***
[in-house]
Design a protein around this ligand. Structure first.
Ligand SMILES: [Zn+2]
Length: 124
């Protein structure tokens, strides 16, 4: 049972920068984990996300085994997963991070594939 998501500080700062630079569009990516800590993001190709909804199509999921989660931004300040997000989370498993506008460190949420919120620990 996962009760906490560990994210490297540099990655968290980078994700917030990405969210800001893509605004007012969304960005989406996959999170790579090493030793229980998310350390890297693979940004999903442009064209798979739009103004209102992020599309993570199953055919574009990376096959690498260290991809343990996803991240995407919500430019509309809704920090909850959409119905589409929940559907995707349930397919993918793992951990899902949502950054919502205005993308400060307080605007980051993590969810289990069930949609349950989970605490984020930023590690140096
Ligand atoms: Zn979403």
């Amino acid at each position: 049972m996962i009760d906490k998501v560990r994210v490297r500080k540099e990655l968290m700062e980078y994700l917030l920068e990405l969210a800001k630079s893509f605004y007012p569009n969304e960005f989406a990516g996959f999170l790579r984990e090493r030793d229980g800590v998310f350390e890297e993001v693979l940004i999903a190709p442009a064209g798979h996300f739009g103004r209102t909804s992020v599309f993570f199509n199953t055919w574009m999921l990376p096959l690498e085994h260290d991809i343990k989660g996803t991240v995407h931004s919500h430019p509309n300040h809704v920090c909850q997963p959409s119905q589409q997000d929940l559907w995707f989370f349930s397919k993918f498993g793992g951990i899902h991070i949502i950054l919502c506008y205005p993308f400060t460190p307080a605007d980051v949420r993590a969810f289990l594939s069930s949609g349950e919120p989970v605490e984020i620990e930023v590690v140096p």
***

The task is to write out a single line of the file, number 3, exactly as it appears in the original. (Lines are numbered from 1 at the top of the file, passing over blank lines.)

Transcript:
Ligand SMILES: [Zn+2]